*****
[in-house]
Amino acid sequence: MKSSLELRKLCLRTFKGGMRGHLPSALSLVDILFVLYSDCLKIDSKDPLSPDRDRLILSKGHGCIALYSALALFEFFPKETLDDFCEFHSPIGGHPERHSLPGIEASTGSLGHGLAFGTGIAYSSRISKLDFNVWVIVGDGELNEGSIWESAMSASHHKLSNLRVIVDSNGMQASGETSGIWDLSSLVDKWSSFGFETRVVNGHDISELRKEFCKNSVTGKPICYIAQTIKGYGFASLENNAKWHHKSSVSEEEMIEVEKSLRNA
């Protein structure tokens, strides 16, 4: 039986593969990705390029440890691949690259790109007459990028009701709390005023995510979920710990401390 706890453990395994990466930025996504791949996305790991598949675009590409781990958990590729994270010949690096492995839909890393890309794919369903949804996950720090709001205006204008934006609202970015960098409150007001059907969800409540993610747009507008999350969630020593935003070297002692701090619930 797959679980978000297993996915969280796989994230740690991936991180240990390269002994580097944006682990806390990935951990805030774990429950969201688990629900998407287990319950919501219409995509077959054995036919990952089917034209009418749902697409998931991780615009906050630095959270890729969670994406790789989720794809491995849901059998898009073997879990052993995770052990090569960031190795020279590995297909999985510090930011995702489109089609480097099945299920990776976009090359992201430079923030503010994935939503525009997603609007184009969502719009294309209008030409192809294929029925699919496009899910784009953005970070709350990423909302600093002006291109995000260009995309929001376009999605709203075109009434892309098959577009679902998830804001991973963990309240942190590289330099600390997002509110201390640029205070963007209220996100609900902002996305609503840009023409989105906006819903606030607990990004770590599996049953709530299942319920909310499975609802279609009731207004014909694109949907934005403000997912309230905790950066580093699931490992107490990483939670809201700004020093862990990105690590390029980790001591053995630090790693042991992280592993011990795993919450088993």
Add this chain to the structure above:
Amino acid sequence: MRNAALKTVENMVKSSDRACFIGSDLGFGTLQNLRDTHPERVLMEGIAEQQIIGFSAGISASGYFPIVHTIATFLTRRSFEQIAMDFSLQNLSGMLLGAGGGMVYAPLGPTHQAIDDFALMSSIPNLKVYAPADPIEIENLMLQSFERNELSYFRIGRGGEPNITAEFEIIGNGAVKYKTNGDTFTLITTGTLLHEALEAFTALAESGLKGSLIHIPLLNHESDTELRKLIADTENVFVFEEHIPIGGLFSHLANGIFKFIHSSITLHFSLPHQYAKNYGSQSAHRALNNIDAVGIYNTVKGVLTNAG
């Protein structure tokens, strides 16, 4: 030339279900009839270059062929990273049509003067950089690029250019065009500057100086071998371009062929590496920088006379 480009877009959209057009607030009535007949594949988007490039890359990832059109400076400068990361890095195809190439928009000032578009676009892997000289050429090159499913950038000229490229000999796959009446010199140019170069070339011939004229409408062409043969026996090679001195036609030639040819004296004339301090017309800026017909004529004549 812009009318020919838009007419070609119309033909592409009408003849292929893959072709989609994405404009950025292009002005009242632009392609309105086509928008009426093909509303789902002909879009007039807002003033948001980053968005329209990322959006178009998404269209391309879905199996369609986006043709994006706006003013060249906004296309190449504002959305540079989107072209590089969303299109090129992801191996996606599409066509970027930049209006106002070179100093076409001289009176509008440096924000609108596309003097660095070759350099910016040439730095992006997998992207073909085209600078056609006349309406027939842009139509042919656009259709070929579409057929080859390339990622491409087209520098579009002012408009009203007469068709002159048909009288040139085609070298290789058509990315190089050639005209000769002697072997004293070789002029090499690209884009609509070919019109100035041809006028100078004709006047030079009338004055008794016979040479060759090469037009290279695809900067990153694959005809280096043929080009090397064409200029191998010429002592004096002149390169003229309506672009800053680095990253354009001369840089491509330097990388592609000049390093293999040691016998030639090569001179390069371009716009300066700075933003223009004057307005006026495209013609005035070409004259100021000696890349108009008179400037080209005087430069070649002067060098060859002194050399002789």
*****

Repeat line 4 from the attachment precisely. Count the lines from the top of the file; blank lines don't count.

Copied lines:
Add this chain to the structure above: